Selfies at Age Sixty
My mother lives inside my skin
In the mirror, her smile cracks across my face, above
soft jowls that started sagging at my
fifty-eighth year, but the only way I remember her chin,
the wrinkles that frame her lips under
my skin all disappear in the wide open smile
so I smile
and smile in
A world of selfies that Mom would have eschewed.
Why do you cover your mouth, your hand
across your smile? I ask her, studying her face in the mirror,
my own peering back, hers long buried.
I look so goofy, she says across the years, as she said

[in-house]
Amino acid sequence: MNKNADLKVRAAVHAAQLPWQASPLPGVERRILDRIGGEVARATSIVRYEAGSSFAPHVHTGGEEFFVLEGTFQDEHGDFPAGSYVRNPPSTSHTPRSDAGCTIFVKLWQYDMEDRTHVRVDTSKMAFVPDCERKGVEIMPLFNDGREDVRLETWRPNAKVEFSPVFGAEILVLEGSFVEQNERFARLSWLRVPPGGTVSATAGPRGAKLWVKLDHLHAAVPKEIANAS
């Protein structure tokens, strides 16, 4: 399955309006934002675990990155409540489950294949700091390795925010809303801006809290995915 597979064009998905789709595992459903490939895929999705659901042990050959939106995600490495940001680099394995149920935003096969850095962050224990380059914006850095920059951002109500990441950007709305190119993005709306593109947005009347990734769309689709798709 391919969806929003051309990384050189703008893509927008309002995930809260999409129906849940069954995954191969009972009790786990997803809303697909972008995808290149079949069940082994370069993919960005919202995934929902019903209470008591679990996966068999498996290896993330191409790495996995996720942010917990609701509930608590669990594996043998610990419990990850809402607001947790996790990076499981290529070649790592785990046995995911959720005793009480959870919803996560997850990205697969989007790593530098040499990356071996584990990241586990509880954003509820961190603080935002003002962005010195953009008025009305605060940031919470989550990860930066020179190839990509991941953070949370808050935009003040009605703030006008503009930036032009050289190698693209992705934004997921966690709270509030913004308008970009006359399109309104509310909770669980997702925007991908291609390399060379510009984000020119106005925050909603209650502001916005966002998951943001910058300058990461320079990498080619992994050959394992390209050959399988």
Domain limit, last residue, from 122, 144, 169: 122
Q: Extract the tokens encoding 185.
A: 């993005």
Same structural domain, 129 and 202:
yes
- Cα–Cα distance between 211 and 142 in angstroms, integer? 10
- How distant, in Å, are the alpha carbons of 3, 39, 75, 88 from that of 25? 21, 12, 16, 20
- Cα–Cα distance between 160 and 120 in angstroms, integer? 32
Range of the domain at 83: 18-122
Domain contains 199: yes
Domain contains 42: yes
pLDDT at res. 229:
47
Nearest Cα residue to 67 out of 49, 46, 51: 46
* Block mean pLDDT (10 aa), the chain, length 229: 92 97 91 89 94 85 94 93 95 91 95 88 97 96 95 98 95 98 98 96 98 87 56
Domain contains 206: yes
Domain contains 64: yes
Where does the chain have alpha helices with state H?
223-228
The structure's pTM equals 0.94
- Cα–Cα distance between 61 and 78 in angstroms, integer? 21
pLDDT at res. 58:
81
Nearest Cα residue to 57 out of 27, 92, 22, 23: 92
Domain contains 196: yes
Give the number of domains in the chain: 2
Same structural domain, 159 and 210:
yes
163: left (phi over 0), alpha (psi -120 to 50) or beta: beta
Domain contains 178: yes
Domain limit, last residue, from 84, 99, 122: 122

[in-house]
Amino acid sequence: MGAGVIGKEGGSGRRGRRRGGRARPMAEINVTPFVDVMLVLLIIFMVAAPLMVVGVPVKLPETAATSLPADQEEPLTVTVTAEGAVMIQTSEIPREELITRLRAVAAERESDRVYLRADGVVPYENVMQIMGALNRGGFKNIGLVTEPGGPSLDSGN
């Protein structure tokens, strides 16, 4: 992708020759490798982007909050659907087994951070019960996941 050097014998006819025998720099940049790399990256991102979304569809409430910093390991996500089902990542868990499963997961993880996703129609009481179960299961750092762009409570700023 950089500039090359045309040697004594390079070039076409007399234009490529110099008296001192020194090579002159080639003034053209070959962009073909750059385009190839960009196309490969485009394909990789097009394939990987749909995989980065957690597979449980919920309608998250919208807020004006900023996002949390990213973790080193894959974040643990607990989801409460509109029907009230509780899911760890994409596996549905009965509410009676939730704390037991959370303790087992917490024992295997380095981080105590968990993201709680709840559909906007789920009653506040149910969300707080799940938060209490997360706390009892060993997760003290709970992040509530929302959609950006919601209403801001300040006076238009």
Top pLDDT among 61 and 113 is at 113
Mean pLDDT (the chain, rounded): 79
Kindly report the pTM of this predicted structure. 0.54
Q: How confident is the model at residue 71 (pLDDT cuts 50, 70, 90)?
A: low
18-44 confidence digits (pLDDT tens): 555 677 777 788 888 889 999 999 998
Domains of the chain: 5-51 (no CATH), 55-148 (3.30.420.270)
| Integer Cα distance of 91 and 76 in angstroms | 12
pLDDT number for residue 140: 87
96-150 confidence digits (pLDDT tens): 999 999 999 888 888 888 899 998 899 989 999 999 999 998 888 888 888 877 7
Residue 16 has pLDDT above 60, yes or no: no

long ago. My mouth is
so big. A crater on my face when I laugh.
No! I cry. Your smile is beautiful, isn’t it? Is my smile goofy?
No, she insists from beyond the grave. Not yours. Only mine.
The same, I say.
She shakes her head, her hand
Across her mouth.
I know the day in high school I saw myself laughing in the mirror
And saw my mother’s face,
covered my mouth, that smile too big. I understood
and started putting my hand over my laughter,
I catch myself laughing,
My hand gone to
My mouth like
I wear purple* and smile
Mouth wide open,
with Mom, move my hand
from my mouth
to my phone,
and all my selfies
are of both of us.
*”When I am an Old Woman, I Shall Wear Purple,” by Jenny Joseph